Minibikes offer a great gateway to motorcycling for children, and Polini Motori stands out among the specialists in this field. Its new XP line targets riders aged 4 to 10 years old, producing two fully-equipped minicross models that leave very little to be desired compared to dad's motocrosser.

Polini Motori was founded in 1946 in the north Italian city of Bergamo, starting out as a bicycle manufacturer, before expanding to small-capacity two-stroke engines and scooter parts. In the early 1990s it started producing mini motorcycles, rolling out a wide range of street minibikes, minicross and minimotard models, and making a name for itself as the first ride of many renowned Italian motorcycling champions.

Recently Polini also introduced the Thor paraglide motor, and just last year came up with the E-P3 add-on electric motor for bicycles.

The XP range of mini motocrossers currently offers several models, with both air- and water-cooled engines and several sizes to suit young riders of different ages. For 2018, Polini has just unveiled the latest versions of the entry-level minicross models XP1R and XP3R.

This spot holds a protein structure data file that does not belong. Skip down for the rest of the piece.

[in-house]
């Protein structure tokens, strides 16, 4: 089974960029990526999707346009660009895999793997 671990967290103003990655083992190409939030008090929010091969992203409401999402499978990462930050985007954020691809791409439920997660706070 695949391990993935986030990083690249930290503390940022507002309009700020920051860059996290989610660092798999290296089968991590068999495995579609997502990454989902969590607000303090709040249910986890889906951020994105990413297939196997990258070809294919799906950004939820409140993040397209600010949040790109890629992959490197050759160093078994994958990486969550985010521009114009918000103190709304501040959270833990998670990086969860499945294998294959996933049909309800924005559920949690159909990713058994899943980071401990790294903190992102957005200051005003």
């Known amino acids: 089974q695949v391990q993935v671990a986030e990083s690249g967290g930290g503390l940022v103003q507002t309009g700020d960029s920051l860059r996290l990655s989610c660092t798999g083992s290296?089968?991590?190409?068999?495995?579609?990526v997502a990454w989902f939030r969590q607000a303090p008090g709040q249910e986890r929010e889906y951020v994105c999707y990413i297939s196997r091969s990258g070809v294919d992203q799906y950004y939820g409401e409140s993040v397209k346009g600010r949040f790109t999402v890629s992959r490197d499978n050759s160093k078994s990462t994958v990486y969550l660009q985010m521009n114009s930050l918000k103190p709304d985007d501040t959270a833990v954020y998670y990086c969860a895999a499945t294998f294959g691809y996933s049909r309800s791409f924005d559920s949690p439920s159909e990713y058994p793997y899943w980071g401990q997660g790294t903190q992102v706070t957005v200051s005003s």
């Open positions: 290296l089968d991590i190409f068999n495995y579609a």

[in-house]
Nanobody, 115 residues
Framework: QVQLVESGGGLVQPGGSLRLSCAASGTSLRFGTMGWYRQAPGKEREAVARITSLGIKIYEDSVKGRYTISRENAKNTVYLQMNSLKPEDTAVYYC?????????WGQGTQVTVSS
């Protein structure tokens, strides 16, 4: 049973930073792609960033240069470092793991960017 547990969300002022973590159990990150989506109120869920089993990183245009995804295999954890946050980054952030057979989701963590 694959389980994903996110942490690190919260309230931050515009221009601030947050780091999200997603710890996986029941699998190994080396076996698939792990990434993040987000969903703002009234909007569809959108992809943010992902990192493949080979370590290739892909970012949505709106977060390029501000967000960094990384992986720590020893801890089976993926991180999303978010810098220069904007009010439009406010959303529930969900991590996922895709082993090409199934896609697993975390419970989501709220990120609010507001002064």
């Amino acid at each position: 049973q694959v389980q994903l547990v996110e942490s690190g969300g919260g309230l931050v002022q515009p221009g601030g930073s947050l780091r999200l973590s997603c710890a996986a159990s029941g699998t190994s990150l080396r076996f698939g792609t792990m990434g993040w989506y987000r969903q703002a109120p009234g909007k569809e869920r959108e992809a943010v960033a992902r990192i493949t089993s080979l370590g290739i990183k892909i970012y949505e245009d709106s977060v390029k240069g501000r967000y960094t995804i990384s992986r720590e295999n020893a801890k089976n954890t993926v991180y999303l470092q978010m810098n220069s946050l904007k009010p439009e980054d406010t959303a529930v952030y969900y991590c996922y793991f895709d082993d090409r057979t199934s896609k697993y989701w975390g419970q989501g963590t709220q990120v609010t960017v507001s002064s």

The new tiny motocrossers run on a 50 cc two-stroke water-cooled single engine, sitting in a steel cradle frame with detachable subframe. Compared to the current engine, it features a redesigned cylinder head that increases the compression ratio from 15.2:1 to 16.5:1, fed by a Polini carb via reed valve. Although power figures have not been released, Polini does point to a 2-hp (1.5 kW) increase.

Fiddling with suspension settings will no longer be a privilege reserved only for daddies, as the new XPs sport fully adjustable Paioli gear all around, with 37 mm inverted forks up front and a monoshock unit at the rear.

The only difference between the two XP models is the front wheel size; 10-inch rim for the XP1R, 12 for the XP3R and the same 10-inch rear wheel for both. With a simple change of the front wheel, the same motorcycle can adapt to the growing body of the young rider.

Although Polini has not yet revealed the weight of the new bikes, a logical estimate would put it a few kilos above the 43 kg (94.8 lb) of the current model, as the only part that should make a noticeable difference is the front suspension; the 37 mm inverted forks should be a bit heavier than the 33 mm conventional ones used until now.

In Italy the XP1R will cost €3,070 (approximately US$3,700), adding another €20 ($24) for the XP3R.

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